“I haven’t met Steven Wilson yet – I always joke with people that he doesn’t know it, but I’m his next guitar player.” It’s a big claim, and one not often made by 23 year olds with one album to their name.
Then again, Jared Leach, the maestro behind Georgia’s Ghost Medicine, isn’t averse to that sort of show-stopping coup. He expands: “I’m really picky on who plays on my music and bass players are really hard to find. I was really depressed one night and I found Colin Edwin [bass player with Porcupine Tree] on Facebook. I thought, what the hell, I’m going to send him a message. I was really surprised when he got back to me!”
In a surprising turn of events, Edwin ended up completing the Ghost Medicine line-up for Discontinuance, joining Leach on vocals and guitars, Scott Prian on drums and Sarah Hoefer on additional vocal duties.
Leach is speaking over a fuzzy Skype line from his home in Atlanta just a few weeks after the launch of the aforementioned debut album. While the record received high acclaim, including in these pages, Leach is rather more analytical of the result.
“Even now, there are things I wish I could go back and fix. At the time it was the best any of us could have done. I really don’t like my vocals. But I think it’s a really good document of where I was as a writer.”
Leach’s criticisms are bred from his own deep-seated need for perfection. A graduate of music school and an expert multi-instrumentalist, Leach’s work on Discontinuance started five long years ago when he began work on album centrepiece Desert Spring.
The resulting album is a complex but resonating work, which pays homage to the likes of Pink Floyd and carries a sort of heavy/light duality in the vein of Devin Townsend. His vocals, which Leach is unduly harsh on, hold a raw intensity – but also have the propensity to fling themselves into Fair To Midland territory.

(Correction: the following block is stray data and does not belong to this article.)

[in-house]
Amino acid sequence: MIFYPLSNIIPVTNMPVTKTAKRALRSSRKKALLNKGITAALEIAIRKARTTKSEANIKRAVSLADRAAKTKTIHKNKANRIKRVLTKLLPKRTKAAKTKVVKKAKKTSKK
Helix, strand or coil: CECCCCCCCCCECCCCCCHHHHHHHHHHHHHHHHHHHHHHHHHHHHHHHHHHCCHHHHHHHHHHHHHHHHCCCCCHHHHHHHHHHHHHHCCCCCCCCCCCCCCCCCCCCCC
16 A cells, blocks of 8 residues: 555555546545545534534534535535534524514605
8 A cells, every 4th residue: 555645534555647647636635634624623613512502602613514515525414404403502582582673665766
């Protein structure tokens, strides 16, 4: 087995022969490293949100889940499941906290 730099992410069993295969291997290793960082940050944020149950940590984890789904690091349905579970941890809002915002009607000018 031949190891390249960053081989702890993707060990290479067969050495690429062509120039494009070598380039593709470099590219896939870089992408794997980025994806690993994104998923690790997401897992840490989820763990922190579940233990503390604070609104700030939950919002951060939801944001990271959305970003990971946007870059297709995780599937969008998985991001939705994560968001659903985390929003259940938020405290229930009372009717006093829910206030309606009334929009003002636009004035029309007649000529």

The album swoops between passages of acoustic sweetness and shuddering riffs – accordingly, many of his lyrics dally with nature but some veer towards Leach’s thoughts on heavier topics such as existentialism.
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“I remember reading a David Lynch interview – he said he doesn’t really understand everything in his films,” Leach explains. “That’s how I feel about my music sometimes.
“If you want to extrapolate meaning from the album…” he pauses, feeling for the words. “The world is a beautiful place. It’s also very cold, dark and unforgiving. Think about the fact that eventually all the stars will burn out, and there’s going to be nothing left.”
Leach’s passion for his art is scrawled thickly across Discontinuance – and any suggestion that future works should be toned down to reach a larger audience receives short shrift.
“Some people I talk to say I shouldn’t write long songs as it’s taking way from the amount of people I reach. Are you going to take Beethoven’s Ninth and turn it into four-minute songs? If you streamline it, you may reach more people – but you’re not going to reach some people as deeply.”
Jared Leach (guitars/vocals), Scott Prian (drums), Colin Edwin (bass), Sarah Hoefer (additional vocals)
Ghost/Deconstruction-era Hevy Devy set against Pink Floyd landscapes
Discontinuance is out now on Uranium Club